SportsSpectators finally allowed to wear T-shirts in support of...

Spectators finally allowed to wear T-shirts in support of Peng Shuai


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Spectators at the Australian Open will now be able to wear T-shirts in support of Chinese player Peng Shuai, the organization of the tennis tournament announced on Tuesday, which had created controversy on Sunday. “Yes, provided they don’t come in as a hostile mob to cause trouble but are peaceful,” Open boss Craig Tiley told AFP, adding that security officers would judge. case by case.

The Australian government has put pressure

Open organizers sparked controversy by asking fans to remove their T-shirts emblazoned with the slogan “Where is Peng Shuai?” on the grounds that the Australian Open “does not allow political clothing, banners or placards”, according to a spokesperson for the Australian Tennis Federation. The American of Czech origin Martina Navratilova, tennis legend with her 18 Grand Slam titles (in singles), denounced a “pathetic” decision on Twitter.

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“There have been misunderstandings for some people who are not here and do not really know the big picture,” said Craig Tiley on Tuesday. “The situation for the past two days is that some people have come with a banner on two big poles and we cannot allow that,” he added. “If you come to watch the tennis, that’s fine, but ultimately we can’t allow anyone to cause a disturbance. »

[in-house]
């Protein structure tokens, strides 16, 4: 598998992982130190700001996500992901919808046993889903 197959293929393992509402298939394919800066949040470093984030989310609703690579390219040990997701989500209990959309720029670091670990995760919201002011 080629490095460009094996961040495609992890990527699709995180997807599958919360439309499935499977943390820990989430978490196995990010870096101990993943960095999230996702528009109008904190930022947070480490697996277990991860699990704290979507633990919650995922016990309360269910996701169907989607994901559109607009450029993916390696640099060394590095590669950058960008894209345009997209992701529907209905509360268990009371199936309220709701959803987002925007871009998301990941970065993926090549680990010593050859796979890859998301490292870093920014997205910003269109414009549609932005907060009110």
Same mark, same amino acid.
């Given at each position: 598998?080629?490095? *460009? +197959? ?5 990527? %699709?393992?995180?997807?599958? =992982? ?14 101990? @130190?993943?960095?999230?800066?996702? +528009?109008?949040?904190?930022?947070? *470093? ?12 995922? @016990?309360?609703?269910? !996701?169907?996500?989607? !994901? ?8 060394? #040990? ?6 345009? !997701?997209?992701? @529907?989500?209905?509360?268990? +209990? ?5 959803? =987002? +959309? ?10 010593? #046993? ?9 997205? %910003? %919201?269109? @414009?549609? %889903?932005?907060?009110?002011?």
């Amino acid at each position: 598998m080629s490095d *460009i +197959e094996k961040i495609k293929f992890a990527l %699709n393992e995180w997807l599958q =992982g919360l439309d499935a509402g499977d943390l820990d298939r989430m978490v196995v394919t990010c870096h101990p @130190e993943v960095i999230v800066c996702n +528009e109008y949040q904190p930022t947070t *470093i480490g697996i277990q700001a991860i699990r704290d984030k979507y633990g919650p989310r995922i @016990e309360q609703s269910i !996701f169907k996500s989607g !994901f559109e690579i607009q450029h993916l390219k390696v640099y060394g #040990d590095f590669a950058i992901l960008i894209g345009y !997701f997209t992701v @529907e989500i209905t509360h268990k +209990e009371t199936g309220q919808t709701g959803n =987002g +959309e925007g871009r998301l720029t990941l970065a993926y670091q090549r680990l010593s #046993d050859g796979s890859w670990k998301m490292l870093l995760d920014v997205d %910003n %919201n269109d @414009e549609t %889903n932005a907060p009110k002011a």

“Some came with a banner on two large poles”

The about-face comes as local media quoted human rights experts as saying Tennis Australia’s stance could be illegal. In response to the organizers’ ban, an Australian human rights activist managed to raise more than 14,000 Australian dollars (more than 9,000 euros) on the GoFundMe platform in order to print the same t-shirts and distribute to spectators ahead of the final of the women’s tournament.

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The pressure on the organizers was also maintained by the Australian government. “It’s very worrying and I think we should talk about these issues,” Defense Minister Peter Dutton told Sky News on Tuesday, encouraging “not just celebrities but also tennis organizations, including Tennis Australia”, to speak.

Tiley decidedly not serene

“We don’t want to drag sport into the realm of politics, but it’s not a political issue, it’s a human rights issue regarding the treatment of a young woman who claims to have been sexually assaulted “, he added.

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Former world doubles number one Peng Shuai is absent from Melbourne amid fears for her well-being after she posted a lengthy post on Chinese social media Weibo in November in which she accused former Deputy Prime Minister Zhang Gaoli, 40 years her senior, of “forced” sex during a relationship that lasted several years.

China very quickly blocked any reference to this message, and it then did not appear in public for almost three weeks. Her subsequent public appearances did not end concerns over the 36-year-old missing out on the Australian Open.

Australian Open: Medvedev had a hard time against Cressy but qualified for the quarter-finals


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